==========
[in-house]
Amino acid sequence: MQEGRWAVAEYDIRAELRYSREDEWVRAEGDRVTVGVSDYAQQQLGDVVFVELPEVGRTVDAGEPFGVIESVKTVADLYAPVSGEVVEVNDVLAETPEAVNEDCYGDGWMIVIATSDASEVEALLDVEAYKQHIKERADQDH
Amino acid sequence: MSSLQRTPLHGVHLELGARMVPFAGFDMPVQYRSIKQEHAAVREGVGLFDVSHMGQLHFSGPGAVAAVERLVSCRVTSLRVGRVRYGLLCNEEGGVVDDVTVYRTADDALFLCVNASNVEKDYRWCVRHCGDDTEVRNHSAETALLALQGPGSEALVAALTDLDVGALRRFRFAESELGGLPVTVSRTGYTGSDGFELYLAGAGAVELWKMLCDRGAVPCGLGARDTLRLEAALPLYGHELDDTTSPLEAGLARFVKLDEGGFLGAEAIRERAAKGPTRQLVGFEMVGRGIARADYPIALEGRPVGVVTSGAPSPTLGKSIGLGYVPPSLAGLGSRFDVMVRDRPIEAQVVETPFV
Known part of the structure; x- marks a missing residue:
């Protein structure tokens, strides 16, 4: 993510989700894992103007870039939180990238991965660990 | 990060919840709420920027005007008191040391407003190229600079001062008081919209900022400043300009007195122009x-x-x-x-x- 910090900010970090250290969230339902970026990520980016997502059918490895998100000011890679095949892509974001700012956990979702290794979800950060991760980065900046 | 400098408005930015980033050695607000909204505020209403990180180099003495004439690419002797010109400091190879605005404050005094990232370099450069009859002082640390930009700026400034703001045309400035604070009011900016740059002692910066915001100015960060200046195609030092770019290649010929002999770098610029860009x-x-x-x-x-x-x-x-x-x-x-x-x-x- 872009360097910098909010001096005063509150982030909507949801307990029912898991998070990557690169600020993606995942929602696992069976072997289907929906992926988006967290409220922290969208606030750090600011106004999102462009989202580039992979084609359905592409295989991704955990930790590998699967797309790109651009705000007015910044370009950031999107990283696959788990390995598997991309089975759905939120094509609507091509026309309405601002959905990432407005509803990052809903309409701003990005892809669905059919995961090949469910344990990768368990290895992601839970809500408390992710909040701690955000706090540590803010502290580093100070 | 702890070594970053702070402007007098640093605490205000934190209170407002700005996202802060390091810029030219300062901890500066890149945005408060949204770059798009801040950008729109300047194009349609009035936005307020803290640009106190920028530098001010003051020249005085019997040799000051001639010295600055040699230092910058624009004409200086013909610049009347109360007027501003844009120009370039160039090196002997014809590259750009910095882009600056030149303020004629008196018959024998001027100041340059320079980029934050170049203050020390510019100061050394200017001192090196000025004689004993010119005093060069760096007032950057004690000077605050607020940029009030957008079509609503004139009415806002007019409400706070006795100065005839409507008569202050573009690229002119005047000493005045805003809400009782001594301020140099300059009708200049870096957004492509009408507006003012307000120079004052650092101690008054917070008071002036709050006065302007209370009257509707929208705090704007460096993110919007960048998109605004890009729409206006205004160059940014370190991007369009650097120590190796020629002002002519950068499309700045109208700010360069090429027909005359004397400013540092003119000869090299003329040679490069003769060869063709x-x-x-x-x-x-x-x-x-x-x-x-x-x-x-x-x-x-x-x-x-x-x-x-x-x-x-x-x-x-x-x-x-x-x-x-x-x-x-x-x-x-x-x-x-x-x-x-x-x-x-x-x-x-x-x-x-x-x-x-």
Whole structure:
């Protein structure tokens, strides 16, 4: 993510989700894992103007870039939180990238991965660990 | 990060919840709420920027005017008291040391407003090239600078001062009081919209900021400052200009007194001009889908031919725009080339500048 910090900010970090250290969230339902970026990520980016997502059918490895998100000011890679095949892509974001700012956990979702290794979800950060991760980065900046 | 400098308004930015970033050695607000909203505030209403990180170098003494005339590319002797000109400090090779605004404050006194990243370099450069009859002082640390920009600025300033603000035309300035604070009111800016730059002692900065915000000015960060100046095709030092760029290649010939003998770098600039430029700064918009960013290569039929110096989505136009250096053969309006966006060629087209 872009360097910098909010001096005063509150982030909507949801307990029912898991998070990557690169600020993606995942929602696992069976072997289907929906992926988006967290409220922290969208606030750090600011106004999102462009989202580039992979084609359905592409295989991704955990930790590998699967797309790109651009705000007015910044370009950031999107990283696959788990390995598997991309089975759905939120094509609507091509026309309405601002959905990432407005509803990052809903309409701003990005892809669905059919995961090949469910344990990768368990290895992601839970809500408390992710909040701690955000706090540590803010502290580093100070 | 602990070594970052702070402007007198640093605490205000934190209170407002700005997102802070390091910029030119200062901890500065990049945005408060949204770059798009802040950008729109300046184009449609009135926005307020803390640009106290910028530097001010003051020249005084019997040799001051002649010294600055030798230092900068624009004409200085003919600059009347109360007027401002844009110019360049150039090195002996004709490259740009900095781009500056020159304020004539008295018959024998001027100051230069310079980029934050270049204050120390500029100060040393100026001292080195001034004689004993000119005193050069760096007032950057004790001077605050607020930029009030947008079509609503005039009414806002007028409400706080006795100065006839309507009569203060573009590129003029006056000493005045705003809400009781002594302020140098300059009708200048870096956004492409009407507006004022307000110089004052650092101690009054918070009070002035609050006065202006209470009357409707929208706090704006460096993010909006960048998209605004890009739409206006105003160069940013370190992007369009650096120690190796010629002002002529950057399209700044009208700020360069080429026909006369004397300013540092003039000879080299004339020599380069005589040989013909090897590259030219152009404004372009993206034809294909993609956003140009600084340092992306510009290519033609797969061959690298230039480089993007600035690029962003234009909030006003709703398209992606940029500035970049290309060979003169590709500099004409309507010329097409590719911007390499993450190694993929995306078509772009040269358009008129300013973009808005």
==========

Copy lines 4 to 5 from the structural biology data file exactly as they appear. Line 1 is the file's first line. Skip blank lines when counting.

Known part of the structure; x- marks a missing residue:
């Protein structure tokens, strides 16, 4: 993510989700894992103007870039939180990238991965660990 | 990060919840709420920027005007008191040391407003190229600079001062008081919209900022400043300009007195122009x-x-x-x-x- 910090900010970090250290969230339902970026990520980016997502059918490895998100000011890679095949892509974001700012956990979702290794979800950060991760980065900046 | 400098408005930015980033050695607000909204505020209403990180180099003495004439690419002797010109400091190879605005404050005094990232370099450069009859002082640390930009700026400034703001045309400035604070009011900016740059002692910066915001100015960060200046195609030092770019290649010929002999770098610029860009x-x-x-x-x-x-x-x-x-x-x-x-x-x- 872009360097910098909010001096005063509150982030909507949801307990029912898991998070990557690169600020993606995942929602696992069976072997289907929906992926988006967290409220922290969208606030750090600011106004999102462009989202580039992979084609359905592409295989991704955990930790590998699967797309790109651009705000007015910044370009950031999107990283696959788990390995598997991309089975759905939120094509609507091509026309309405601002959905990432407005509803990052809903309409701003990005892809669905059919995961090949469910344990990768368990290895992601839970809500408390992710909040701690955000706090540590803010502290580093100070 | 702890070594970053702070402007007098640093605490205000934190209170407002700005996202802060390091810029030219300062901890500066890149945005408060949204770059798009801040950008729109300047194009349609009035936005307020803290640009106190920028530098001010003051020249005085019997040799000051001639010295600055040699230092910058624009004409200086013909610049009347109360007027501003844009120009370039160039090196002997014809590259750009910095882009600056030149303020004629008196018959024998001027100041340059320079980029934050170049203050020390510019100061050394200017001192090196000025004689004993010119005093060069760096007032950057004690000077605050607020940029009030957008079509609503004139009415806002007019409400706070006795100065005839409507008569202050573009690229002119005047000493005045805003809400009782001594301020140099300059009708200049870096957004492509009408507006003012307000120079004052650092101690008054917070008071002036709050006065302007209370009257509707929208705090704007460096993110919007960048998109605004890009729409206006205004160059940014370190991007369009650097120590190796020629002002002519950068499309700045109208700010360069090429027909005359004397400013540092003119000869090299003329040679490069003769060869063709x-x-x-x-x-x-x-x-x-x-x-x-x-x-x-x-x-x-x-x-x-x-x-x-x-x-x-x-x-x-x-x-x-x-x-x-x-x-x-x-x-x-x-x-x-x-x-x-x-x-x-x-x-x-x-x-x-x-x-x-």